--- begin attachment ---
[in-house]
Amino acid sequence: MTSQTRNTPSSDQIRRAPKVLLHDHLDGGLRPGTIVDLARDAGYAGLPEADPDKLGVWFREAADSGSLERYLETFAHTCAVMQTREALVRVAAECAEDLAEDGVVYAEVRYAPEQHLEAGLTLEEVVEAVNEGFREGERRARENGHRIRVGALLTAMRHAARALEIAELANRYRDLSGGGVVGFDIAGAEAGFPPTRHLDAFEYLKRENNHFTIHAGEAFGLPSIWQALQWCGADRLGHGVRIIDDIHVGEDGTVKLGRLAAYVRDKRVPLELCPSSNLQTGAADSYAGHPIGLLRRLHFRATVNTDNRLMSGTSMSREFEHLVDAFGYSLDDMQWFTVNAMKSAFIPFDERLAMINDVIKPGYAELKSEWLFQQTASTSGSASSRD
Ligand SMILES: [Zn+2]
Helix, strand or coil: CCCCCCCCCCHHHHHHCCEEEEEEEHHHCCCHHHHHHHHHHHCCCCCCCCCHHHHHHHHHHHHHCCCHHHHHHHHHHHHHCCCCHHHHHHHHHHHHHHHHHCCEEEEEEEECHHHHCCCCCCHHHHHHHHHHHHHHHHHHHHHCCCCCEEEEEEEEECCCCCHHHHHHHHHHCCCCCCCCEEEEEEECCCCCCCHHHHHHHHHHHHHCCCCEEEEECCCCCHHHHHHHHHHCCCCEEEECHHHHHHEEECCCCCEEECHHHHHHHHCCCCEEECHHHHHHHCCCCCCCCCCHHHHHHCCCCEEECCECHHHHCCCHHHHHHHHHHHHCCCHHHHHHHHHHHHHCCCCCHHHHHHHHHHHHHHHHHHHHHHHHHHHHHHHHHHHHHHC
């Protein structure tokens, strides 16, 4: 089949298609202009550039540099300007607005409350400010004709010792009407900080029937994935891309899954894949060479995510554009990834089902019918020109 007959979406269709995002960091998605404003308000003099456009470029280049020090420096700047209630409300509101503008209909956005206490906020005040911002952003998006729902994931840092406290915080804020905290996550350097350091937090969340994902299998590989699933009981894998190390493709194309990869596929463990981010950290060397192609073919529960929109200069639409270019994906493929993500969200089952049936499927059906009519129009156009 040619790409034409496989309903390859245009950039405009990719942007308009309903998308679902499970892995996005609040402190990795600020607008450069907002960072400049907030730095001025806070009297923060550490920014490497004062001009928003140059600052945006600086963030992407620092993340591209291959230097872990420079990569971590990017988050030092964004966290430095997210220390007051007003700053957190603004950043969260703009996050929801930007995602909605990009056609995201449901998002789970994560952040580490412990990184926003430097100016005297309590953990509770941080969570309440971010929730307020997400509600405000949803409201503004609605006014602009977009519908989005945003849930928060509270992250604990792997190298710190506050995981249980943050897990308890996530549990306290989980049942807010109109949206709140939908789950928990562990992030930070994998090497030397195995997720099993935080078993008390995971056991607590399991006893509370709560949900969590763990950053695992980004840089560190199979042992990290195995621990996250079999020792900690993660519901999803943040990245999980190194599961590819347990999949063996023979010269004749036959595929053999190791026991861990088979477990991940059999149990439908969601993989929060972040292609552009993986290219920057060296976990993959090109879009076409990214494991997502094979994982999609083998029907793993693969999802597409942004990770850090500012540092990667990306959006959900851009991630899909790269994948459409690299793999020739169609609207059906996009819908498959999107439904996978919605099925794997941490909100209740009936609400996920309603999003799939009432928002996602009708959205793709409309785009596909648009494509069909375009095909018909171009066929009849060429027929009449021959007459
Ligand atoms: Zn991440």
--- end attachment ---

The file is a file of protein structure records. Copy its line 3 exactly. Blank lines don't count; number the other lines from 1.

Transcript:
Ligand SMILES: [Zn+2]